But the reporters who combed through the new documents from Snowden write that the agency’s relationship with AT&T “has been considered unique and especially productive”.
“Under a decades-old program with the government, telecom giant AT&T in 2003 led the way on a new collection capability that the National Security Agency said amounted to a “‘live’ presence on the global net” and would forward 400 billion Internet metadata records in one of its first months of operation, The New York Times reported. The following April, the Guardian and the Washington Post were awarded a Pulitzer prize for reporting on the story.
Another file revealed that the company also gave the agency access to its Internet service provider networks. In one specific situation, the nation’s second largest carrier was able to provide the technical know-how to help the NSA fulfill a secret court order that allowed the agency to conduct wiretaps on the United Nations’ Internet communications that took place at UN headquarters.
The joint reporting revealed that AT&T “installed surveillance equipment in at least 17 of its Internet hubs on American soil, far more than its similarly sized competitor, Verizon”.
When asked to comment about the partnership, AT&T didn’t directly answer to the allegation.
The report says that despite the details contained in the documents, it remains unclear whether or not these AT&T programs are still in effect today.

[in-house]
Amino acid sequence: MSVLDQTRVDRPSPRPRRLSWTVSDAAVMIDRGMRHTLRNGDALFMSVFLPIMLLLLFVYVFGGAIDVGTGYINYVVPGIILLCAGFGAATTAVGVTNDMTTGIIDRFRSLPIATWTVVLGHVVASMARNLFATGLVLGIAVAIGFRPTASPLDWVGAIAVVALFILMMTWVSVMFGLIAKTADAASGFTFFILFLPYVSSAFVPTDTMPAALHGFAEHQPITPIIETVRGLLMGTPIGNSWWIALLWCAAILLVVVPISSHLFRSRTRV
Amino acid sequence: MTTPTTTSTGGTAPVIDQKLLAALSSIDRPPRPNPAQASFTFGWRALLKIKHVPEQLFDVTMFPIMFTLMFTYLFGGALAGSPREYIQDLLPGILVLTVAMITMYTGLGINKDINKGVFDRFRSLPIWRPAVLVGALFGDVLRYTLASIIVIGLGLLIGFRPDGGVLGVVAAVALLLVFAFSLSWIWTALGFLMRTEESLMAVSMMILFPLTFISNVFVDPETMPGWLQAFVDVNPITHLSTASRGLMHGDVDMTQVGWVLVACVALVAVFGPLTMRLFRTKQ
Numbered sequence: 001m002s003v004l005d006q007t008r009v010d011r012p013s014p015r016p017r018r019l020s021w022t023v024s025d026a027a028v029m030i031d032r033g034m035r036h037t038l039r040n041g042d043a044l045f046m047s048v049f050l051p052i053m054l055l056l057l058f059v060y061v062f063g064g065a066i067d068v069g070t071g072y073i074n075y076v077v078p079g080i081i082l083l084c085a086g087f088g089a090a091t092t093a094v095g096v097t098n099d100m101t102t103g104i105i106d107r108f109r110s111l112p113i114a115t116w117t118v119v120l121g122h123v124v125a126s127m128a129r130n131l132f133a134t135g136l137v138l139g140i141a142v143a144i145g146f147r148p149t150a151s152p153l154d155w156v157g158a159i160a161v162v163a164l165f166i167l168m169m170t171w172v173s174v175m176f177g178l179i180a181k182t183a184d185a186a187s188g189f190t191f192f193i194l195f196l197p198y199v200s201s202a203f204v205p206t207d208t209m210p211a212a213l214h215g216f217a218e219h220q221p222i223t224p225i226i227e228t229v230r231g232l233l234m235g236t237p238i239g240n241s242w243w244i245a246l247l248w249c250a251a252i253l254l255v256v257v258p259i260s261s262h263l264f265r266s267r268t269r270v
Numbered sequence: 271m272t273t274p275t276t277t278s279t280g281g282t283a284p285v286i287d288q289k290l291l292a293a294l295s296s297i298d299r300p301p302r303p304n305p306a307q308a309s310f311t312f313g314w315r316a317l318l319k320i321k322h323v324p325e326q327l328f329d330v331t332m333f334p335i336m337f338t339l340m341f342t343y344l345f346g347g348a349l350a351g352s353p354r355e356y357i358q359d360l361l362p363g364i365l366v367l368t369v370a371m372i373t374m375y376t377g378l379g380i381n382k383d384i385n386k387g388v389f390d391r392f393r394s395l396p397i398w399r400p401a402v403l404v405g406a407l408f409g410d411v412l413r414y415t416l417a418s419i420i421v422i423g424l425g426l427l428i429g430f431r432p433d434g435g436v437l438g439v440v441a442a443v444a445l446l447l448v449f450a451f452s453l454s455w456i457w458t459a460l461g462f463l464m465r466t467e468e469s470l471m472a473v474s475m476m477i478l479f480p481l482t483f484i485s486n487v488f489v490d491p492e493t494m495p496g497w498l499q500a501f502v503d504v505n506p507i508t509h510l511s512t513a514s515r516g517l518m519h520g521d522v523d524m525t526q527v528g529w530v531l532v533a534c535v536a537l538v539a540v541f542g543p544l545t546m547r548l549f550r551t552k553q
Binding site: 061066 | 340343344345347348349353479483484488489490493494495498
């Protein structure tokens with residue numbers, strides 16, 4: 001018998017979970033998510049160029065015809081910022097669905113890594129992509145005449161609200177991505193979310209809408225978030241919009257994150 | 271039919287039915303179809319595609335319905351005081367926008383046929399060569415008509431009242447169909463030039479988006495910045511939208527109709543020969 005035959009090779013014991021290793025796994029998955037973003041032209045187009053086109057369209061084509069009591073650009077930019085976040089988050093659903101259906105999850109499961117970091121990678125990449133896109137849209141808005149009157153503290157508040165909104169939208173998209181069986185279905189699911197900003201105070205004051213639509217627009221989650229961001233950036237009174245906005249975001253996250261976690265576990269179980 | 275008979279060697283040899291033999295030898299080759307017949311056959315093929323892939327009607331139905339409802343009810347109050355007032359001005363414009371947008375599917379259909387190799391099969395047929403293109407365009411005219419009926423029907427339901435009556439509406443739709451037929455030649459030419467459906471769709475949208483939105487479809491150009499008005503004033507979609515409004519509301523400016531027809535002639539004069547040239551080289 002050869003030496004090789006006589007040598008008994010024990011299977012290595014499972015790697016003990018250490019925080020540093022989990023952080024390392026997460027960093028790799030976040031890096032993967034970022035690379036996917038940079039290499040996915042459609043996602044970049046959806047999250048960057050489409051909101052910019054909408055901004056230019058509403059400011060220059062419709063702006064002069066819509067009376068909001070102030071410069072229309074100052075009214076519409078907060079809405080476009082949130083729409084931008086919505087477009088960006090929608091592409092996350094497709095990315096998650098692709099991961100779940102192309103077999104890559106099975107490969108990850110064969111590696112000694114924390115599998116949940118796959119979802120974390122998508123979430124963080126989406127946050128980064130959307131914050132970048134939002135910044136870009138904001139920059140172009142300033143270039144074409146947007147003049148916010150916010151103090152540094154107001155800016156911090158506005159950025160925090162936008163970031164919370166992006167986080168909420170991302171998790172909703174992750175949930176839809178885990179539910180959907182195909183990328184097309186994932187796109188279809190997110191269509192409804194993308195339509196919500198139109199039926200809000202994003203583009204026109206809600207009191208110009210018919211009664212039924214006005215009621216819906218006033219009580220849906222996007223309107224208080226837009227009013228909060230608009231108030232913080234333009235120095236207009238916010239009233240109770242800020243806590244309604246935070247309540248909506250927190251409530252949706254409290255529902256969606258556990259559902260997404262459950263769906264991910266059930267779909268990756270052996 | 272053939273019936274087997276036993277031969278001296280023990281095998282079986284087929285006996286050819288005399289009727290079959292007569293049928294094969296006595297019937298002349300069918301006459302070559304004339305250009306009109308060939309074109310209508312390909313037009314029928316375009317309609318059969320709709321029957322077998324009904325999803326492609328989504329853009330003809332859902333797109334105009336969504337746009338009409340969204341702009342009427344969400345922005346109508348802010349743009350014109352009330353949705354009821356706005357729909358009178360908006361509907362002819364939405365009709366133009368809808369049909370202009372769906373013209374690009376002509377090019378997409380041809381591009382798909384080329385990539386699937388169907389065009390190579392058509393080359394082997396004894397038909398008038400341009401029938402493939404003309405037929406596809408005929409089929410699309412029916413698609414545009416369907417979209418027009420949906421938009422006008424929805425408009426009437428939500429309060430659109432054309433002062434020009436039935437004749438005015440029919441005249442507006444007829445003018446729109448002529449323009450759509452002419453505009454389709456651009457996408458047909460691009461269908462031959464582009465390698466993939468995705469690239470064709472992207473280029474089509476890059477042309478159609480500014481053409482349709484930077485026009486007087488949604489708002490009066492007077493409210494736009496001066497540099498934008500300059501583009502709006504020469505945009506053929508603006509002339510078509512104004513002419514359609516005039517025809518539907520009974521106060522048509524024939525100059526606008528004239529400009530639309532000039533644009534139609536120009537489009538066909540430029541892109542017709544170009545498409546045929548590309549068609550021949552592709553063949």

“We do not voluntarily provide information to any investigating authorities other than if a person’s life is in danger and time is of the essence”, Brad Burns, an AT&T spokesman, told The Times and ProPublica in response to recent inquiries.
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At the same time, the government has been fighting in court to keep the identities of its telecom partners hidden. Several former intelligence officials confirmed that finding.
The document didn’t directly state AT&T as NSA’s partner, instead it used code names.
Verizon and the former MCI – which Verizon purchased in 2006 – are part of another program, codenamed Stormbrew.
President Barack Obama signed a bill earlier this year reforming the way the NSA collects electronic communications.
A Fairview fiber optic cable damaged during the 2011 Japan quake, for example, was repaired on the same date as an AT&T cable.